By Beatrice Thomas
The move is said to prevent late night gatherings of young people, illegal labourers working at night and the sale of unfit food
A decision to force restaurants in private housing areas in Kuwait to close by midnight has come under fire amid questions over the move ahead of Ramadan and the World Cup, it was reported.
Maj Gen Abdulfattah Al Ali, the Assistant Undersecretary for General Security at the Interior Ministry, is reported to be behind the order, which applies to fast food outlets and restaurants.
The Interior Ministry said that the decision was taken for security reasons, mainly to prevent late night gatherings of young people at restaurants, and also to stop illegal labourers working at night.
However, the Health Ministry claimed that restaurants used a lack of inspections during night hours to sell food “unsuitable for human consumption”.
The decision, which comes into effect within days, follows a cabinet decree five years ago which was put on hold after it sparked criticism from parliament members and business owners in Kuwait, Kuwait Times reported.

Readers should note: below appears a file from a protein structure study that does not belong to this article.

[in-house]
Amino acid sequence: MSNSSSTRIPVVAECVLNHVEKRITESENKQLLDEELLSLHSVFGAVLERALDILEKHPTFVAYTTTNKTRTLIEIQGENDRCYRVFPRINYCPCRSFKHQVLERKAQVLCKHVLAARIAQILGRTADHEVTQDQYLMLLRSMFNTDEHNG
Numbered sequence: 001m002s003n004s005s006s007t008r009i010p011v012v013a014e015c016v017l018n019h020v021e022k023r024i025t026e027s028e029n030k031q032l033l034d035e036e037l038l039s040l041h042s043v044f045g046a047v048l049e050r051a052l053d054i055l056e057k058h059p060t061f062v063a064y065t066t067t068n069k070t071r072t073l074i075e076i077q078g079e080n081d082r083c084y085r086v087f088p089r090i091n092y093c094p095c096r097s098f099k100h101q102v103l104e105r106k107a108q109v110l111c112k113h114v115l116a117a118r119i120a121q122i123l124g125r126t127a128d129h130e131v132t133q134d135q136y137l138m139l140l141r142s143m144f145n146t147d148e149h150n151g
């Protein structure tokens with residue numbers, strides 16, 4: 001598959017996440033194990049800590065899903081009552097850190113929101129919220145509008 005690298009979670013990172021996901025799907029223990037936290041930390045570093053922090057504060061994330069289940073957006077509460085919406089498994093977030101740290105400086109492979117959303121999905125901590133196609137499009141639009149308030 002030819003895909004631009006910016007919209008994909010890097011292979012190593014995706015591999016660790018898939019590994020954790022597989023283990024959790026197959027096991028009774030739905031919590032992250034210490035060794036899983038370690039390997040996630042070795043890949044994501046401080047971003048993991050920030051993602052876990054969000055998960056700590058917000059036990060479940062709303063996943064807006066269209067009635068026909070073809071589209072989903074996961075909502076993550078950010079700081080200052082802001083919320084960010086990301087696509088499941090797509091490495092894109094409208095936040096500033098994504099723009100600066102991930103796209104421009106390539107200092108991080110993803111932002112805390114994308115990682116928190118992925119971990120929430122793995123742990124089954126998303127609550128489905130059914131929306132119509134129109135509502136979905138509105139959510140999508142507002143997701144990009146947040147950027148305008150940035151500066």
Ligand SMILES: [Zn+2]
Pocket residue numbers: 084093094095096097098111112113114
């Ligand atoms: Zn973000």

According to Kuwaiti laws, private housing areas are defined as districts where government houses are built.
However, there are no indications currently on whether a similar step will be taken in areas where apartment buildings are located – officially known as investment housing areas.
The newspaper reported that the timing of the decision, taken less than a month before Ramadan, could be problematic for restaurants that make money from food orders at the time of suhoor; a daily meal that Muslims eat between midnight and dawn during the holy month.
Coffee shops, a favourite destination over Ramadan, are also not mentioned in a decision circulated to Kuwait’s six governorates.
Coffee shops’ losses as a result of this decision could be more significant compared to restaurants, Kuwait Times noted, with World Cup football matches, some of which start late at night or in the early hours of the morning, are expected to be screened there.